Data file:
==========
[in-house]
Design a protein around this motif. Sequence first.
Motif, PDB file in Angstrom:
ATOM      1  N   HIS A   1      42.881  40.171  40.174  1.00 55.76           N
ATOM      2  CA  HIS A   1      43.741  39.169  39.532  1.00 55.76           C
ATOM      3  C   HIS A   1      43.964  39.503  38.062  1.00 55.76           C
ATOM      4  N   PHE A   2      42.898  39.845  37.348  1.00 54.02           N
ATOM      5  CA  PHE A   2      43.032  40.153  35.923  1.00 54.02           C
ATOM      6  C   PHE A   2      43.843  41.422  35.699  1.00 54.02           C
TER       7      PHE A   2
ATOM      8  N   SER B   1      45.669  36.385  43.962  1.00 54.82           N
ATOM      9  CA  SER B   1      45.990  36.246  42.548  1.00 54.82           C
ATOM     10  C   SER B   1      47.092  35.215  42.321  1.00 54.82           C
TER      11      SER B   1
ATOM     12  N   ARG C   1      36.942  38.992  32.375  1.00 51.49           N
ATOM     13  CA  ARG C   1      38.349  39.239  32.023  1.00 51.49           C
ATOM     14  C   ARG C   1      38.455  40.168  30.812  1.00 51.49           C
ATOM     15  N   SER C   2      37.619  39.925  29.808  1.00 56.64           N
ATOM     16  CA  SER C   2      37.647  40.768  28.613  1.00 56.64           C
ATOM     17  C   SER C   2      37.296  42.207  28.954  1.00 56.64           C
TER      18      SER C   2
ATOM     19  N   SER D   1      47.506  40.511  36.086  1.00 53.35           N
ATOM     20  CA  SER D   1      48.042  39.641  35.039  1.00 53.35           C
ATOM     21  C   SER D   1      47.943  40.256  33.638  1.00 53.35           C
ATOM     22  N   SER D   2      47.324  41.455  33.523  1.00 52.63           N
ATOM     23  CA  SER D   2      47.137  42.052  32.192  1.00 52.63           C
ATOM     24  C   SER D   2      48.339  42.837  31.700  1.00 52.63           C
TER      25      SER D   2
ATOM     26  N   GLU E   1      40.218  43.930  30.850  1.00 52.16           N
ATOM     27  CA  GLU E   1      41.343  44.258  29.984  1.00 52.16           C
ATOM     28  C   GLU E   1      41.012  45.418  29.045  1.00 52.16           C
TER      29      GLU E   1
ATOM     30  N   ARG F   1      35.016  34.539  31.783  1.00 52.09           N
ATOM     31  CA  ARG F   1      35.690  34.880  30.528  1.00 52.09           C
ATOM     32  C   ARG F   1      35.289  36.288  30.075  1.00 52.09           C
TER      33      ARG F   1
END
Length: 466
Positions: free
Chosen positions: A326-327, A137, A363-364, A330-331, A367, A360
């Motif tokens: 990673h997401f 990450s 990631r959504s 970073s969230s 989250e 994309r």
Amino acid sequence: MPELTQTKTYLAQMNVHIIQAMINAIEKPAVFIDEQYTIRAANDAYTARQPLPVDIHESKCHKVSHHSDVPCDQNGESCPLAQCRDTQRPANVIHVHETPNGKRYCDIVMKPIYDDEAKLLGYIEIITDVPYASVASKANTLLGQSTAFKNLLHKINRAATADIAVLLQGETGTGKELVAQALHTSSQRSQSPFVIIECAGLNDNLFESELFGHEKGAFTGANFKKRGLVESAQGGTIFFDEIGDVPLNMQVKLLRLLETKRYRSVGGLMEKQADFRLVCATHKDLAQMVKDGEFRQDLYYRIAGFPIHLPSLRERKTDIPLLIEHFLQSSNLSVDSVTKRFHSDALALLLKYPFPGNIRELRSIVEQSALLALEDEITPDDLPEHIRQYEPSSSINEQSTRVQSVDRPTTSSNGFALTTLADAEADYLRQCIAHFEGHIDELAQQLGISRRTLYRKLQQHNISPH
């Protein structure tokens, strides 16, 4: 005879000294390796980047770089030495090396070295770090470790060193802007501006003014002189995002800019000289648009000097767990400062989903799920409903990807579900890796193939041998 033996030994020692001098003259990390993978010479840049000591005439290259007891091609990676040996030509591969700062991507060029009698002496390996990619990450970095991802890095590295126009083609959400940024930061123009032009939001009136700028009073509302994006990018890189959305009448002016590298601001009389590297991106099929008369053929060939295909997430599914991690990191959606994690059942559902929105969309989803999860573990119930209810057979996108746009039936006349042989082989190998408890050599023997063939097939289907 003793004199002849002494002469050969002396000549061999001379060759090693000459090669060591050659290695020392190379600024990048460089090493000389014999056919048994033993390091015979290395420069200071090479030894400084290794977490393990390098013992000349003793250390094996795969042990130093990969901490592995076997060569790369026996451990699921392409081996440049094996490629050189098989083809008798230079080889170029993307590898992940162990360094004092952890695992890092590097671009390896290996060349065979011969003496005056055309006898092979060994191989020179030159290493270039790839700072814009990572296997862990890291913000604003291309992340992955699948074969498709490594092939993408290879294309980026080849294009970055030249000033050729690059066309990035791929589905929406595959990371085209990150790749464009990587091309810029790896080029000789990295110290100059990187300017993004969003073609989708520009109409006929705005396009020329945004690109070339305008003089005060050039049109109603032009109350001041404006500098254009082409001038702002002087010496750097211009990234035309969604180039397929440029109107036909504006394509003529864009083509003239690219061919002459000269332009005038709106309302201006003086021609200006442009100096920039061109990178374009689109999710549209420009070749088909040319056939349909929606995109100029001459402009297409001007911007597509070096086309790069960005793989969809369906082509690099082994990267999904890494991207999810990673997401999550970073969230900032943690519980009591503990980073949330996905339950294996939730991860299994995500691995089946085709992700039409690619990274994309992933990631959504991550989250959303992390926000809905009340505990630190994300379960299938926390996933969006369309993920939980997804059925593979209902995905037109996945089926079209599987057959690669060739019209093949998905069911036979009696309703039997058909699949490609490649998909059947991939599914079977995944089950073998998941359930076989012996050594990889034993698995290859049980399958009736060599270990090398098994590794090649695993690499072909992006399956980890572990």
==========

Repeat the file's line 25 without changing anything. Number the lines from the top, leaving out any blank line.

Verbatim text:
ATOM     22  N   SER D   2      47.324  41.455  33.523  1.00 52.63           N